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Is there a role for radiation therapy in the management of Hürthle cell carcinoma?

PURPOSE: To determine the role that radiation therapy may have in the management of resected, unresectable, and metastatic Hürthle cell carcinoma.

METHODS AND MATERIALS: Retrospective review of 18 patients receiving radiation therapy for Hürthle cell carcinoma of the thyroid gland. The diagnosis was established in 10 men and 8 women between November 1943 and January 1995. Median age was 57.9 years. Initially, 5 patients received adjuvant radiation therapy, 7 received salvage radiation therapy for unresectable recurrent disease, and 6 received palliative radiation therapy for distant metastases. Median follow-up was 107.1 months (range 15.7-351 months). The Kaplan-Meier method was used to calculate and estimate overall survival, cause-specific survival, and locoregional tumor control rate.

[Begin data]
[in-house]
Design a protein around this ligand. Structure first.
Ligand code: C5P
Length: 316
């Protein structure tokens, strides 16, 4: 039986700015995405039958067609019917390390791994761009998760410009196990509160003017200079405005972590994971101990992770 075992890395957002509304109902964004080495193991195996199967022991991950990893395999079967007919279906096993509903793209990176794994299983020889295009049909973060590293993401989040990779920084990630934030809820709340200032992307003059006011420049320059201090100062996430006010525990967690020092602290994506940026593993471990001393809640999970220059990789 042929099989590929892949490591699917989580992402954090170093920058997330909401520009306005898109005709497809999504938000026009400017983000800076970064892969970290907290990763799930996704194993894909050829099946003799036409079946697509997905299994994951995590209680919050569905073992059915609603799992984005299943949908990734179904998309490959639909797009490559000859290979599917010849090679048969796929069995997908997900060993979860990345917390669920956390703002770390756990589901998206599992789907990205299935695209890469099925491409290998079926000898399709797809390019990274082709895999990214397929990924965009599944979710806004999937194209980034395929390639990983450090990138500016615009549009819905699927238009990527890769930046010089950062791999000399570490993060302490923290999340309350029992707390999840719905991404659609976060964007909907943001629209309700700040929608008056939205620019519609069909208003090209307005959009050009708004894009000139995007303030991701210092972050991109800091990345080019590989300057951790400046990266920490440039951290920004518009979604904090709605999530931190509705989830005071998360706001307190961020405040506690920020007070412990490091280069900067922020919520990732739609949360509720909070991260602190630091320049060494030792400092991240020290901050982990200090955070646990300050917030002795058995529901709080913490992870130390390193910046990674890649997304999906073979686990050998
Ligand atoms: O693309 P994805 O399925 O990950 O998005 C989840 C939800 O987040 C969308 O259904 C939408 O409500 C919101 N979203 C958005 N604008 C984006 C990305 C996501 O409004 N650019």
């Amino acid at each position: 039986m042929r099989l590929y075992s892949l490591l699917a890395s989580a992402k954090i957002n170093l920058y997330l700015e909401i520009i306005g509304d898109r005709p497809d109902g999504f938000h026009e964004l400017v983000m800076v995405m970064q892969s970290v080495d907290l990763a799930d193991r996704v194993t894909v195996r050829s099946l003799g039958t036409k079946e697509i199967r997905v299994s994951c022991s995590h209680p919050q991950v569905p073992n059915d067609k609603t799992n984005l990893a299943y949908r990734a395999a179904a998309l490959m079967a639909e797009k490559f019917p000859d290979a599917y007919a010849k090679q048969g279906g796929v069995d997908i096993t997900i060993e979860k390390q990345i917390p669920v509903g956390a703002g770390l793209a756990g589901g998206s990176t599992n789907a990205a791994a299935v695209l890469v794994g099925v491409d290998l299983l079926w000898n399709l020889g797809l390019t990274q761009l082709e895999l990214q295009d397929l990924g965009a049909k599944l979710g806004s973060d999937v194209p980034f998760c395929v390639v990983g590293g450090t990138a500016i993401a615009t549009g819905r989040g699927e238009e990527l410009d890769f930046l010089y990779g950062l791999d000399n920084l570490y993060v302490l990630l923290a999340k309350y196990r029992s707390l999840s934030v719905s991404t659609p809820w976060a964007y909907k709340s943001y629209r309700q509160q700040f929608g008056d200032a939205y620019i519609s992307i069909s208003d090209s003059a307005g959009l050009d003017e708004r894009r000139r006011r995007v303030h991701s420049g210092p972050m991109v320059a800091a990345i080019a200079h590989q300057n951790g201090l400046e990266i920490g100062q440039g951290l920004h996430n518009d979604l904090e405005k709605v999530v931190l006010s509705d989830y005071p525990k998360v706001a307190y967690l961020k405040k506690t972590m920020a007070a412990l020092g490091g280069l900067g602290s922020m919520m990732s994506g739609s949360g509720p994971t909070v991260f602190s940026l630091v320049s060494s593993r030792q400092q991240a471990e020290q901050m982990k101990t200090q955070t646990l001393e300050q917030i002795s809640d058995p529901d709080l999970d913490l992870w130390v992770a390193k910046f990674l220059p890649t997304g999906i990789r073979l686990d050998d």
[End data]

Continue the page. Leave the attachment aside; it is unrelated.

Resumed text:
RESULTS: The 5-year overall and cause-specific survival rates were 66.7% (SE 11.1%) and 71.8% (SE 10.7%), respectively. Adjuvant radiation therapy was successful in preventing recurrence in 4 of 5 patients. Salvage radiation therapy was successful in 3 of 5 patients treated with external beam radiation therapy. Palliative radiation therapy provided sustained symptomatic relief at 67% of irradiated sites.

CONCLUSIONS: Hürthle cell carcinoma of the thyroid gland is a radiosensitive tumor. Radiation therapy may provide palliative relief from symptomatic metastases, control recurrent tumors, and prevent recurrence of advanced resected tumors.

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